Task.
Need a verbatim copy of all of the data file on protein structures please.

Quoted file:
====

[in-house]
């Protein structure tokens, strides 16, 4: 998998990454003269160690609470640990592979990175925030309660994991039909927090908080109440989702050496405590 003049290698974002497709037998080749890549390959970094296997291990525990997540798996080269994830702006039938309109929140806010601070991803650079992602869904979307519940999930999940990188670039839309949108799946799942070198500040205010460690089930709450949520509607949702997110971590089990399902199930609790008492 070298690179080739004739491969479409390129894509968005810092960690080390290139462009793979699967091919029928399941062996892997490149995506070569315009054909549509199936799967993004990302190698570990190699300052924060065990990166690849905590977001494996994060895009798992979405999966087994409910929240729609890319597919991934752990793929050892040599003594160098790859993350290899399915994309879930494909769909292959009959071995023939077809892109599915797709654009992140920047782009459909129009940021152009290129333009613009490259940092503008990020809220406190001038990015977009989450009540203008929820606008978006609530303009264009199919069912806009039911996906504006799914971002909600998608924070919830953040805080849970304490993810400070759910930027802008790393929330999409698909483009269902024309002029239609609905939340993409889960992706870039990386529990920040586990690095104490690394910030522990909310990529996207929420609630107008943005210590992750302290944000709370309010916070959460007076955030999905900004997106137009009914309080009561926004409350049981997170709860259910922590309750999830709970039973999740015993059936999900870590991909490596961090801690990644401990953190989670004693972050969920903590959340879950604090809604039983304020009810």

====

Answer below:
[in-house]
């Protein structure tokens, strides 16, 4: 998998990454003269160690609470640990592979990175925030309660994991039909927090908080109440989702050496405590 003049290698974002497709037998080749890549390959970094296997291990525990997540798996080269994830702006039938309109929140806010601070991803650079992602869904979307519940999930999940990188670039839309949108799946799942070198500040205010460690089930709450949520509607949702997110971590089990399902199930609790008492 070298690179080739004739491969479409390129894509968005810092960690080390290139462009793979699967091919029928399941062996892997490149995506070569315009054909549509199936799967993004990302190698570990190699300052924060065990990166690849905590977001494996994060895009798992979405999966087994409910929240729609890319597919991934752990793929050892040599003594160098790859993350290899399915994309879930494909769909292959009959071995023939077809892109599915797709654009992140920047782009459909129009940021152009290129333009613009490259940092503008990020809220406190001038990015977009989450009540203008929820606008978006609530303009264009199919069912806009039911996906504006799914971002909600998608924070919830953040805080849970304490993810400070759910930027802008790393929330999409698909483009269902024309002029239609609905939340993409889960992706870039990386529990920040586990690095104490690394910030522990909310990529996207929420609630107008943005210590992750302290944000709370309010916070959460007076955030999905900004997106137009009914309080009561926004409350049981997170709860259910922590309750999830709970039973999740015993059936999900870590991909490596961090801690990644401990953190989670004693972050969920903590959340879950604090809604039983304020009810």